Near the beginning of the chapter is Paul’s version of the Gospel story we heard earlier: ‘First and foremost, I handed on to you the tradition I had received: that Christ died for our sins, in accordance with the scriptures; that he was buried; that he was raised to life on the third day, in accordance with the scriptures; and that he appeared to Cephas [that is, Peter], and afterwards to the Twelve [disciples]’ (1 Corinthians 15.3-5). This is the foundation of the Gospel for Paul. All else depends on this. Resurrection is central, essential. Without it, Christian faith is nothing; and those who preach it- like Paul- are liars, as he writes: ‘if Christ was not raised, then our gospel is null and void, and so too is your faith; and we turn out to have given false evidence about God, because we bore witness that he raised Christ to life’.
Without resurrection, says Paul, there is no hope. If you think like that, then you’re really saying that Christianity is only about this life. To which Paul replies, ‘If it is for this life only that Christ has given us hope, we of all people are most to be pitied’. He agrees with those who feel condescending towards Christians, because we think we’re only hoping for this life! Paul agrees that understanding Christianity as only a hope for this life, that trying to live by the ethics of Jesus, without believing in resurrection, is pointless. We deserve to be pitied if we think that way. ‘But the truth is…’ he says: Christ was raised to life. Only on that basis does Christianity make sense.

Statue of the Spätlese courier in the courtyard of Schloss Johannisberg

Statue of the Spätlese courier in the courtyard of Schloss Johannisberg

The part of Germany where my wife comes from is near the areas of the Rhine which grows some of Germany’s most famous wines. The story goes that every year, the Bishop of Fulda sent a messenger on horseback to the abbot of the Johannisberg monastery on the banks of the Rhine, giving permission to begin picking the grapes. But in 1718 the messenger was delayed (perhaps he was robbed), and the monks began picking the grapes off the vines some 14 days later than usual. Naturally, the monks expected that the wine wouldn’t be any good that year, because generally speaking, if you leave fruit too long, it goes off. In fact, the rot did chemical things to the grapes which made for a rich and complex wine. Today ‘Spätlese’, the late harvest Rhine wine, is among the most sought-after and expensive German wine.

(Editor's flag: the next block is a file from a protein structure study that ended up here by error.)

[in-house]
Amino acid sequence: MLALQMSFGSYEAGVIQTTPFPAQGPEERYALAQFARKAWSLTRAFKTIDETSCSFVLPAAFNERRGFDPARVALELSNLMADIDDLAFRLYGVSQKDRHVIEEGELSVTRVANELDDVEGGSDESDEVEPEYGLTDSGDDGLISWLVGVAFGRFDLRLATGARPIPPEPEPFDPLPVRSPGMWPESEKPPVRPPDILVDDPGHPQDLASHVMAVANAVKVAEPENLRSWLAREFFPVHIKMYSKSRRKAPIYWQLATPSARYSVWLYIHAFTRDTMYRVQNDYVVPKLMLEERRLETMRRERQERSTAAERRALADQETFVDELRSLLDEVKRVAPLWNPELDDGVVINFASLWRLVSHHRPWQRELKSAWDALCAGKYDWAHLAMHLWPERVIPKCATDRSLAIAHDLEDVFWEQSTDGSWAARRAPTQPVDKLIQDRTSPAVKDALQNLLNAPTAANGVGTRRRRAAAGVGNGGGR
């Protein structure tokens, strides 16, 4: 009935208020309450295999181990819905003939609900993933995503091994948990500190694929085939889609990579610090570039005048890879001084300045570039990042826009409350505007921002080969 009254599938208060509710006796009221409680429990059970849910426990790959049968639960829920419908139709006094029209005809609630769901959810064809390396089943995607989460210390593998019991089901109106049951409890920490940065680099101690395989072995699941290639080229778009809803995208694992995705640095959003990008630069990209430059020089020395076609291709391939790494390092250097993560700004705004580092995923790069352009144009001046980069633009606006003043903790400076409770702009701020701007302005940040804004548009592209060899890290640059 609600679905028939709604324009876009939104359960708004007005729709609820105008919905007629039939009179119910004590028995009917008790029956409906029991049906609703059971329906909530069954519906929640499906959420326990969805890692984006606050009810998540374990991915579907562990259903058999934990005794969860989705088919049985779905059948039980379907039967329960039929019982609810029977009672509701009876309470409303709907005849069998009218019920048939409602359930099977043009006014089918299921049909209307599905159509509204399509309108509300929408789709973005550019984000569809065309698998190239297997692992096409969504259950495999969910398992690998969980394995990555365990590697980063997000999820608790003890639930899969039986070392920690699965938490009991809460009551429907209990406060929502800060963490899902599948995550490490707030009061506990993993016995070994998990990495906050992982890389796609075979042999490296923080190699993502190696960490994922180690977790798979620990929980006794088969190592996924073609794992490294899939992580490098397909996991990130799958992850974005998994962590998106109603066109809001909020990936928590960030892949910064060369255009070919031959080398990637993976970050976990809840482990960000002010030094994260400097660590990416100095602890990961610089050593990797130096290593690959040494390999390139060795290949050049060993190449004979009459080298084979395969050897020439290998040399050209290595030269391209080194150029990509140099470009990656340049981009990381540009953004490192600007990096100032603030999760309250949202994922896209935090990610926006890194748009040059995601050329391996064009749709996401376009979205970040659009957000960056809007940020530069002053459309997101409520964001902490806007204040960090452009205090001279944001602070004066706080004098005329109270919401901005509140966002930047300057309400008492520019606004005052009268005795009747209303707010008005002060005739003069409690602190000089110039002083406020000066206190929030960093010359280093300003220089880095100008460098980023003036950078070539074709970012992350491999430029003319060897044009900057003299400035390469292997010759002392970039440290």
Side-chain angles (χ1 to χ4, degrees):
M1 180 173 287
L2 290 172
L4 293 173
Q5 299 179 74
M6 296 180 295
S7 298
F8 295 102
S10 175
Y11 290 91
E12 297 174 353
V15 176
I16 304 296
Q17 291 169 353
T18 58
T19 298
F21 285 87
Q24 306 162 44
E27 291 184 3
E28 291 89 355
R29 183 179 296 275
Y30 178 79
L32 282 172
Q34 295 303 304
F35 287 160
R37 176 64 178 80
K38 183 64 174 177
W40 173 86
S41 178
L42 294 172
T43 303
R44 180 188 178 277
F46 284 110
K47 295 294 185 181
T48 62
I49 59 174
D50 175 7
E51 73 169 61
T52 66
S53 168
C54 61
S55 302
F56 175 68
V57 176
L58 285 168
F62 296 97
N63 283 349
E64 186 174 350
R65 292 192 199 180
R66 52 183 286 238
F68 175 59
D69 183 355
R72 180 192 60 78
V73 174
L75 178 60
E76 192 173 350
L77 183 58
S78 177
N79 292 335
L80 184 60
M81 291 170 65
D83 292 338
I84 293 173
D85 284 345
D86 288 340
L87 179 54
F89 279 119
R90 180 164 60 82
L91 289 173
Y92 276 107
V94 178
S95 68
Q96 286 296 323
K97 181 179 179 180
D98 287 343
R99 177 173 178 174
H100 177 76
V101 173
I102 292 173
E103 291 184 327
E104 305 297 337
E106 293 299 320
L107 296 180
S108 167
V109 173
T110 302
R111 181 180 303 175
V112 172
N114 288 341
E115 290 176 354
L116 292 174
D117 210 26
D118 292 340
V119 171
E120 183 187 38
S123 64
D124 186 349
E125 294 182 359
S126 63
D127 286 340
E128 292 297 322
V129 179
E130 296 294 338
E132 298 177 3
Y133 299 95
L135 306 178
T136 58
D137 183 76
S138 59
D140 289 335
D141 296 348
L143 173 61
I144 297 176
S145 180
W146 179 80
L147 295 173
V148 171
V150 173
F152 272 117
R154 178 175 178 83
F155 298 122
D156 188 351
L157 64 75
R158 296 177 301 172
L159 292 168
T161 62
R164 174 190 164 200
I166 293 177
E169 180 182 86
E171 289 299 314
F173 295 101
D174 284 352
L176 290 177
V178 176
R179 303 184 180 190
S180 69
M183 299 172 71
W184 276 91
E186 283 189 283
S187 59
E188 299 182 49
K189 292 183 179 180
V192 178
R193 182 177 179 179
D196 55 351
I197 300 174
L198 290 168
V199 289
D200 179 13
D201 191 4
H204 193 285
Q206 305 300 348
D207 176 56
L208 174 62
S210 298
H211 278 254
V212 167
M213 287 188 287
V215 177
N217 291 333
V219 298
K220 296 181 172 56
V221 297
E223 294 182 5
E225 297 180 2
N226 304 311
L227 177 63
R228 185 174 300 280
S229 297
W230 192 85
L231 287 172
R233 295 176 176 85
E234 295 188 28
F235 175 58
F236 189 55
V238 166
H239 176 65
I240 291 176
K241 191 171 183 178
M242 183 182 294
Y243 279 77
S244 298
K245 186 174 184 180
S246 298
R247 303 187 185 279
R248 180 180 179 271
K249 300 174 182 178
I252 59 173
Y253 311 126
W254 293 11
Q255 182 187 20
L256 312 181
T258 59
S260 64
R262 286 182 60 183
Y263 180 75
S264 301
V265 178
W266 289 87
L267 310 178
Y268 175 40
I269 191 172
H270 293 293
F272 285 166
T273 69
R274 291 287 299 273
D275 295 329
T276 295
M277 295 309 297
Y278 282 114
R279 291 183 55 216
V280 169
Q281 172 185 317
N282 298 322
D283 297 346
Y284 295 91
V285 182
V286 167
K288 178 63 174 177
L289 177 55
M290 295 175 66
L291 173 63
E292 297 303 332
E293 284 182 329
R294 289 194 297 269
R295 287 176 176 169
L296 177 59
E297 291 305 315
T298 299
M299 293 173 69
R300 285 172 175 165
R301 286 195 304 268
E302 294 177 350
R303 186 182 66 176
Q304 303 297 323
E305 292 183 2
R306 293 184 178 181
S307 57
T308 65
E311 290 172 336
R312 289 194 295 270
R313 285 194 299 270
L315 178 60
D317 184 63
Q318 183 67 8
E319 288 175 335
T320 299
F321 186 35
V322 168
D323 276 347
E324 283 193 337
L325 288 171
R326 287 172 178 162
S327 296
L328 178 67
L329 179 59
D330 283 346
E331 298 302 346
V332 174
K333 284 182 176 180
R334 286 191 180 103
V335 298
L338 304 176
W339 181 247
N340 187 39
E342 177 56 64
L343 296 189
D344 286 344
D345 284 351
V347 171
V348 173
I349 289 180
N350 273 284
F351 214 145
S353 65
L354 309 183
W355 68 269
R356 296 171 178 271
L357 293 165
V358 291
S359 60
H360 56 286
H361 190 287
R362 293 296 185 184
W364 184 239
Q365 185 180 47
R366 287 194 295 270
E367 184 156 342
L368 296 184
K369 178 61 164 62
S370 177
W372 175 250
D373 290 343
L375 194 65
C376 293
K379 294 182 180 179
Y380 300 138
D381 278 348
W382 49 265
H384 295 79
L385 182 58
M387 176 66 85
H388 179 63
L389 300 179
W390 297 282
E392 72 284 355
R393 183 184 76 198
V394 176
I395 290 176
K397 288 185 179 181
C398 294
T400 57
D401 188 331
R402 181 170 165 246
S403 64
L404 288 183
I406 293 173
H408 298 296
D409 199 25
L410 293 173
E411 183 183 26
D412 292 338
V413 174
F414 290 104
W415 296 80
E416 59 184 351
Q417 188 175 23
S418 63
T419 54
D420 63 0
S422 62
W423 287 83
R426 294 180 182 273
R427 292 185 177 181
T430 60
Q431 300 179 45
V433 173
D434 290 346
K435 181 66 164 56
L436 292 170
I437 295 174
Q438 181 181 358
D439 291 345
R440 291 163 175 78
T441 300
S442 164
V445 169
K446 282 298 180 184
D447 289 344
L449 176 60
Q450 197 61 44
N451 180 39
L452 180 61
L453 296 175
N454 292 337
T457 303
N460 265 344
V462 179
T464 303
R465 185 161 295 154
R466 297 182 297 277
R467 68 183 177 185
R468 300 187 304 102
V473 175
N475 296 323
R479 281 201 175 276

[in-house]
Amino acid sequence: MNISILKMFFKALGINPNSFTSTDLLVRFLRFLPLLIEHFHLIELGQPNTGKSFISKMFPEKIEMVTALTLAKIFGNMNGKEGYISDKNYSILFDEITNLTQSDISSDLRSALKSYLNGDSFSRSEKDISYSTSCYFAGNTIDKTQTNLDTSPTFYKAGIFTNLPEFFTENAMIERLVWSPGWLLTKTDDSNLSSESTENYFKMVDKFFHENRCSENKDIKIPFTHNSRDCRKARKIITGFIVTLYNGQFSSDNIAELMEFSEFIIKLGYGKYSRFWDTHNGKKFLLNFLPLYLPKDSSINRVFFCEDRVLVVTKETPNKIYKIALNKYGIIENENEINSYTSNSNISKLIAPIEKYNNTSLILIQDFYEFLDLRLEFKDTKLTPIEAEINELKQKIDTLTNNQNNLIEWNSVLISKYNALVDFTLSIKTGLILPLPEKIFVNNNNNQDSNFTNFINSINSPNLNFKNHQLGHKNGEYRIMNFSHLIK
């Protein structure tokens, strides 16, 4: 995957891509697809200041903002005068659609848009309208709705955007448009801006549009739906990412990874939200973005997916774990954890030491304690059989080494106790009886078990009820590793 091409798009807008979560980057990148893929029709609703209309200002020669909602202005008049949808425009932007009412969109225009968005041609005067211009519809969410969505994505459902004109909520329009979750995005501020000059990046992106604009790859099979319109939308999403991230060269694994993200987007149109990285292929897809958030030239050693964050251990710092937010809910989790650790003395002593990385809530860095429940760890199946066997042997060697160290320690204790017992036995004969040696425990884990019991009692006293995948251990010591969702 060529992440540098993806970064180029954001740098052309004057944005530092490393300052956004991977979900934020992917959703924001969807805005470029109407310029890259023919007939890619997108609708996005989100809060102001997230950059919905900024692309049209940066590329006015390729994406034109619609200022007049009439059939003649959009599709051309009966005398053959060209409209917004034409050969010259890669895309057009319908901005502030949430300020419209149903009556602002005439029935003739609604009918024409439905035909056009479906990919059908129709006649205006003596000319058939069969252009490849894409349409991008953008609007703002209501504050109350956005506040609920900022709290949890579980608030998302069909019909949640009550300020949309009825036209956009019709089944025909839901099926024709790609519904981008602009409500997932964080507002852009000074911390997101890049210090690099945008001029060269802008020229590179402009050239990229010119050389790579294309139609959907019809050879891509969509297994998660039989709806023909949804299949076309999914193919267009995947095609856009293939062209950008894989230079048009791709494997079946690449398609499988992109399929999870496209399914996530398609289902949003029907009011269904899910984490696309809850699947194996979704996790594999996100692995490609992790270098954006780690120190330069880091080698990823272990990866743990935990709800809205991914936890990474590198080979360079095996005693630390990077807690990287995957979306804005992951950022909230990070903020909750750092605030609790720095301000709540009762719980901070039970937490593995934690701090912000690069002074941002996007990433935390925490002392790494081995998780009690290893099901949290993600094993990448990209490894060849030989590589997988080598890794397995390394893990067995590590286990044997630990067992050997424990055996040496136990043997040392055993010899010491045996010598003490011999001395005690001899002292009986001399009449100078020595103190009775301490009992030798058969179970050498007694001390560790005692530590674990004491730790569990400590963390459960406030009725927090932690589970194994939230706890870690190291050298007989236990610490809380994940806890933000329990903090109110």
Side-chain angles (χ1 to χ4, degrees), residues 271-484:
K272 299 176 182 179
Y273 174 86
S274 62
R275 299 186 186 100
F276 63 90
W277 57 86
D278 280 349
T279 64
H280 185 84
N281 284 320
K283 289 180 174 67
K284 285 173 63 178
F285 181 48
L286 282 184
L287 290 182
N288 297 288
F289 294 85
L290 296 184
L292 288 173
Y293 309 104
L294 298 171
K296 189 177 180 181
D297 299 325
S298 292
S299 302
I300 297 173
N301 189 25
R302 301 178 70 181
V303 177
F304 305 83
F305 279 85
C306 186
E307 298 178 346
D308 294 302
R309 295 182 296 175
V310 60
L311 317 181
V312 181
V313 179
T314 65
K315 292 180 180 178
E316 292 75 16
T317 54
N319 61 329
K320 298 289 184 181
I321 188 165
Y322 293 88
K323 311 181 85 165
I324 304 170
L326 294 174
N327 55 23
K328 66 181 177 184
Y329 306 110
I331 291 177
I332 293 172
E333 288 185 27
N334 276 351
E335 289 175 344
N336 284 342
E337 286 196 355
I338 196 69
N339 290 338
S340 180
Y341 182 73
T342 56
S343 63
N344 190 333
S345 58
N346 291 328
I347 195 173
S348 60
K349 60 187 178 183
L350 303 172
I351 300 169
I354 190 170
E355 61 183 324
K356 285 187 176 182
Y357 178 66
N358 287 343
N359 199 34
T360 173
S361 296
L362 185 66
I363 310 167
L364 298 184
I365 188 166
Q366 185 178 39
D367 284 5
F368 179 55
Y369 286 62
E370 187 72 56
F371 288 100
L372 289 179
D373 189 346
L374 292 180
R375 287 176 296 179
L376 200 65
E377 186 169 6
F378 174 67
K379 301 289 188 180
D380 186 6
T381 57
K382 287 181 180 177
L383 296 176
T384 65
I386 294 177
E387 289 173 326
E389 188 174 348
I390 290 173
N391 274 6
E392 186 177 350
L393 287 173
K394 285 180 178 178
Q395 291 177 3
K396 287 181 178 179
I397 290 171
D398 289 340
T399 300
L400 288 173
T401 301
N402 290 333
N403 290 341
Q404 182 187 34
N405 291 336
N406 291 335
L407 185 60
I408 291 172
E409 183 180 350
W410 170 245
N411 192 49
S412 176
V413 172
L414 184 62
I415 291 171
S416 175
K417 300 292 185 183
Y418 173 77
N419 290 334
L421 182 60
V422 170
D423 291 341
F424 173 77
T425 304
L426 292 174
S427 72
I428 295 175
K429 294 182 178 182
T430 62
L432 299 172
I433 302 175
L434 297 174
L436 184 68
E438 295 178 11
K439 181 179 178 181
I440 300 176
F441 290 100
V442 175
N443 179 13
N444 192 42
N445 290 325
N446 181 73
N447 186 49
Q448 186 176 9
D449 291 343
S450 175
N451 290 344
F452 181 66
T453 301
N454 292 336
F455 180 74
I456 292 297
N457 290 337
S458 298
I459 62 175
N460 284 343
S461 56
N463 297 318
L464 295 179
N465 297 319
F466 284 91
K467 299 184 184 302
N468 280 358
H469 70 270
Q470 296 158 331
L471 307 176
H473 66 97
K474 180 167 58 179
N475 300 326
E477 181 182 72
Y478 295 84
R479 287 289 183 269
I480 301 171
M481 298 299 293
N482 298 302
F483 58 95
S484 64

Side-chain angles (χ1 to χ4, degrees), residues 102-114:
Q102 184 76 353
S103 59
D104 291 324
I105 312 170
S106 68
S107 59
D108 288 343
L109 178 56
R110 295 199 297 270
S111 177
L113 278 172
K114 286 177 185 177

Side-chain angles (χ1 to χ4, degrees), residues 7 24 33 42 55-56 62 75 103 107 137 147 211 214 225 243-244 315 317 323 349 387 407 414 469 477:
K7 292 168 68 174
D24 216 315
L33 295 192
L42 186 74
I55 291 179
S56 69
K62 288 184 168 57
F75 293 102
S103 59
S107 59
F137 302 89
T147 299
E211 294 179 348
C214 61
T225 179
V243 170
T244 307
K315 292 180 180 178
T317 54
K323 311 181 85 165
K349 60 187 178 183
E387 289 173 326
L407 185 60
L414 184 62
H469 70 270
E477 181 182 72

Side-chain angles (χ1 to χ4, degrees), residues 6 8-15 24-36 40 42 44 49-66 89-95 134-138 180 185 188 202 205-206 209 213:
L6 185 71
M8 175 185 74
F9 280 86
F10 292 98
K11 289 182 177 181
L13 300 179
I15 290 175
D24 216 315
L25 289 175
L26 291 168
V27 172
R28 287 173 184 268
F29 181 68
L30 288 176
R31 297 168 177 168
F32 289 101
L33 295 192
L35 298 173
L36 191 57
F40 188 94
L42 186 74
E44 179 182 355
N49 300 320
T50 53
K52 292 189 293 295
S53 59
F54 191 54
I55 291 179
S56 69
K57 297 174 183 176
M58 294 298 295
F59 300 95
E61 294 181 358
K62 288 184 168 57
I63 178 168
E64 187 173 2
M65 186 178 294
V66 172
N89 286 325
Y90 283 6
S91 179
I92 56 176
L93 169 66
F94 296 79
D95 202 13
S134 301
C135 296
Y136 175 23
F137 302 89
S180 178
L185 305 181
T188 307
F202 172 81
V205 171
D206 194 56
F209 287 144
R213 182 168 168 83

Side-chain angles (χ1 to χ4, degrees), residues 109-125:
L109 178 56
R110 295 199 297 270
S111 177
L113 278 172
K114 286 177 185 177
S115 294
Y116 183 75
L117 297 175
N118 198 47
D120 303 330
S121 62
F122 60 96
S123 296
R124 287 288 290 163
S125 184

Grapes, like many other fruits and vegetables, can taste quite different according to when you pick them. So it’s not uncommon for us to harvest crops at different times. So new potatoes taste differently, and late grapes can be rotten- or special! In ancient Jewish harvest rituals, the first of the harvest was dedicated to God. The Old Testament Book of Leviticus tells farmers, ‘you reap [the] harvest, you are to bring the first sheaf of your harvest to the priest. He will present the sheaf as a dedicated portion before the LORD’ (Leviticus 23.1-11). This was the ‘firstfruits’- still part of the harvest, but the earliest part.
And so Paul says: ‘the truth is, Christ was raised to life- the firstfruits of the harvest of the dead’. Paul believed that death was the result of human sinfulness. He understood the story of Adam in the Garden of Eden as tale of how human beings can never measure up. Adam sinned against God, and that story is the story of every human being: ‘in Adam, all die’. But now there is a new Adam, who reverses the sin of Adam- Jesus Christ. The rising to life of Jesus shows that sin and death are defeated. The man, Adam, brought death into the world; another man, Jesus, brings resurrection:
For since it was a man who brought death into the world, a man also brought resurrection of the dead. As in Adam all die, so in Christ all will be brought to life; but each in proper order: Christ the firstfruits, and afterwards, at his coming, those who belong to Christ.